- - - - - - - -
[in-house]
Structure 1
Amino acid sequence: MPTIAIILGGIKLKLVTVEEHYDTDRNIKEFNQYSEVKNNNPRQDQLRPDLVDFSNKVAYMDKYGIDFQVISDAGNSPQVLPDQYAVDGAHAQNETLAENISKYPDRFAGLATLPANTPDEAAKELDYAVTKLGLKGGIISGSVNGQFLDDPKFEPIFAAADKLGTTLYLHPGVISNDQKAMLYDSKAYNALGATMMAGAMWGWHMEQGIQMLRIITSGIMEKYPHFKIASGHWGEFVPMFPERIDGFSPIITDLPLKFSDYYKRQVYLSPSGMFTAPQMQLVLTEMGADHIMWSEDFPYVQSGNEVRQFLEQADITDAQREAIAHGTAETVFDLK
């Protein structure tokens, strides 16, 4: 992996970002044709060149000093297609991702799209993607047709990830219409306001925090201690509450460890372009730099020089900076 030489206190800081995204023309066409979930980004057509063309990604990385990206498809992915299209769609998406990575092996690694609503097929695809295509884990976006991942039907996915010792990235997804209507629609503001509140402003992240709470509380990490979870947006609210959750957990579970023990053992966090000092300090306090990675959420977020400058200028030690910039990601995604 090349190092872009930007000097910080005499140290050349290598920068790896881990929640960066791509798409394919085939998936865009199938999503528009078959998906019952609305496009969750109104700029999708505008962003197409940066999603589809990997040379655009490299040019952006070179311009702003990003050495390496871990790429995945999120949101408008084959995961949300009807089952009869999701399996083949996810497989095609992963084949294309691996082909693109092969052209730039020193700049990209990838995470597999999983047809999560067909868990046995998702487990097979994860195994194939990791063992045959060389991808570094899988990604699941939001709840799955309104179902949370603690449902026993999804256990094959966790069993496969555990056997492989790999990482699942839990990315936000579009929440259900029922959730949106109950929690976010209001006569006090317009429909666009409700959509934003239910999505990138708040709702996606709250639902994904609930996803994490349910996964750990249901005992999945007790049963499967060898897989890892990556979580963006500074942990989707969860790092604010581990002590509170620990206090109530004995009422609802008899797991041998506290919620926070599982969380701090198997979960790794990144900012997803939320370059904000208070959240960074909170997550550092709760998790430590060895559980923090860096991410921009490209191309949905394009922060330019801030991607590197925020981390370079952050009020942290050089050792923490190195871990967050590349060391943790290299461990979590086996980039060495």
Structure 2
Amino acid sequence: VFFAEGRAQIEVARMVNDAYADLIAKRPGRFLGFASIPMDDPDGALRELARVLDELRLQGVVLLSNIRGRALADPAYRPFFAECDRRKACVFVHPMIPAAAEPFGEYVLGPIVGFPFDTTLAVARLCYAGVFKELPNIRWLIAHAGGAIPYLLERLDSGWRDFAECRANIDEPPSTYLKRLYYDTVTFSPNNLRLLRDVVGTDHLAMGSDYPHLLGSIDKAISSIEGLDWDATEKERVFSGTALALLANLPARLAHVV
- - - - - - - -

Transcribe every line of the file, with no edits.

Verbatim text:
[in-house]
Structure 1
Amino acid sequence: MPTIAIILGGIKLKLVTVEEHYDTDRNIKEFNQYSEVKNNNPRQDQLRPDLVDFSNKVAYMDKYGIDFQVISDAGNSPQVLPDQYAVDGAHAQNETLAENISKYPDRFAGLATLPANTPDEAAKELDYAVTKLGLKGGIISGSVNGQFLDDPKFEPIFAAADKLGTTLYLHPGVISNDQKAMLYDSKAYNALGATMMAGAMWGWHMEQGIQMLRIITSGIMEKYPHFKIASGHWGEFVPMFPERIDGFSPIITDLPLKFSDYYKRQVYLSPSGMFTAPQMQLVLTEMGADHIMWSEDFPYVQSGNEVRQFLEQADITDAQREAIAHGTAETVFDLK
């Protein structure tokens, strides 16, 4: 992996970002044709060149000093297609991702799209993607047709990830219409306001925090201690509450460890372009730099020089900076 030489206190800081995204023309066409979930980004057509063309990604990385990206498809992915299209769609998406990575092996690694609503097929695809295509884990976006991942039907996915010792990235997804209507629609503001509140402003992240709470509380990490979870947006609210959750957990579970023990053992966090000092300090306090990675959420977020400058200028030690910039990601995604 090349190092872009930007000097910080005499140290050349290598920068790896881990929640960066791509798409394919085939998936865009199938999503528009078959998906019952609305496009969750109104700029999708505008962003197409940066999603589809990997040379655009490299040019952006070179311009702003990003050495390496871990790429995945999120949101408008084959995961949300009807089952009869999701399996083949996810497989095609992963084949294309691996082909693109092969052209730039020193700049990209990838995470597999999983047809999560067909868990046995998702487990097979994860195994194939990791063992045959060389991808570094899988990604699941939001709840799955309104179902949370603690449902026993999804256990094959966790069993496969555990056997492989790999990482699942839990990315936000579009929440259900029922959730949106109950929690976010209001006569006090317009429909666009409700959509934003239910999505990138708040709702996606709250639902994904609930996803994490349910996964750990249901005992999945007790049963499967060898897989890892990556979580963006500074942990989707969860790092604010581990002590509170620990206090109530004995009422609802008899797991041998506290919620926070599982969380701090198997979960790794990144900012997803939320370059904000208070959240960074909170997550550092709760998790430590060895559980923090860096991410921009490209191309949905394009922060330019801030991607590197925020981390370079952050009020942290050089050792923490190195871990967050590349060391943790290299461990979590086996980039060495």
Structure 2
Amino acid sequence: VFFAEGRAQIEVARMVNDAYADLIAKRPGRFLGFASIPMDDPDGALRELARVLDELRLQGVVLLSNIRGRALADPAYRPFFAECDRRKACVFVHPMIPAAAEPFGEYVLGPIVGFPFDTTLAVARLCYAGVFKELPNIRWLIAHAGGAIPYLLERLDSGWRDFAECRANIDEPPSTYLKRLYYDTVTFSPNNLRLLRDVVGTDHLAMGSDYPHLLGSIDKAISSIEGLDWDATEKERVFSGTALALLANLPARLAHVV